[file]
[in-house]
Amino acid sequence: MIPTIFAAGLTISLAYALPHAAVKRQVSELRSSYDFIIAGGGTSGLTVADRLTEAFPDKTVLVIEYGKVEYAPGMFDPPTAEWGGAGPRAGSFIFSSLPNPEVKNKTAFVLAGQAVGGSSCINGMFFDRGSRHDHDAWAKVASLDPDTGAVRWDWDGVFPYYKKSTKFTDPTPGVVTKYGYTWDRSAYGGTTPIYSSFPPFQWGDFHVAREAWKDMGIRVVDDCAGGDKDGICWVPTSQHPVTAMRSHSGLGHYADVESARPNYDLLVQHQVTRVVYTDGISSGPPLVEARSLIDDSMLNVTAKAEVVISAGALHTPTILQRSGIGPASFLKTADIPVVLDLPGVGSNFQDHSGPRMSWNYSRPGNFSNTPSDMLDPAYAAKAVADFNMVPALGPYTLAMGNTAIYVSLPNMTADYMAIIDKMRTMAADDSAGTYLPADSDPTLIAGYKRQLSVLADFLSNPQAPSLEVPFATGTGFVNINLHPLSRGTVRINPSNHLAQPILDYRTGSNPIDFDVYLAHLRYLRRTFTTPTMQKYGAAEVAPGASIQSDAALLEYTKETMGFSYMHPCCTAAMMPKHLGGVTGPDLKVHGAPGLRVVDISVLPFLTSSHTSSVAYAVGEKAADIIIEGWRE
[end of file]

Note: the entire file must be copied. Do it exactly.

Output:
[in-house]
Amino acid sequence: MIPTIFAAGLTISLAYALPHAAVKRQVSELRSSYDFIIAGGGTSGLTVADRLTEAFPDKTVLVIEYGKVEYAPGMFDPPTAEWGGAGPRAGSFIFSSLPNPEVKNKTAFVLAGQAVGGSSCINGMFFDRGSRHDHDAWAKVASLDPDTGAVRWDWDGVFPYYKKSTKFTDPTPGVVTKYGYTWDRSAYGGTTPIYSSFPPFQWGDFHVAREAWKDMGIRVVDDCAGGDKDGICWVPTSQHPVTAMRSHSGLGHYADVESARPNYDLLVQHQVTRVVYTDGISSGPPLVEARSLIDDSMLNVTAKAEVVISAGALHTPTILQRSGIGPASFLKTADIPVVLDLPGVGSNFQDHSGPRMSWNYSRPGNFSNTPSDMLDPAYAAKAVADFNMVPALGPYTLAMGNTAIYVSLPNMTADYMAIIDKMRTMAADDSAGTYLPADSDPTLIAGYKRQLSVLADFLSNPQAPSLEVPFATGTGFVNINLHPLSRGTVRINPSNHLAQPILDYRTGSNPIDFDVYLAHLRYLRRTFTTPTMQKYGAAEVAPGASIQSDAALLEYTKETMGFSYMHPCCTAAMMPKHLGGVTGPDLKVHGAPGLRVVDISVLPFLTSSHTSSVAYAVGEKAADIIIEGWRE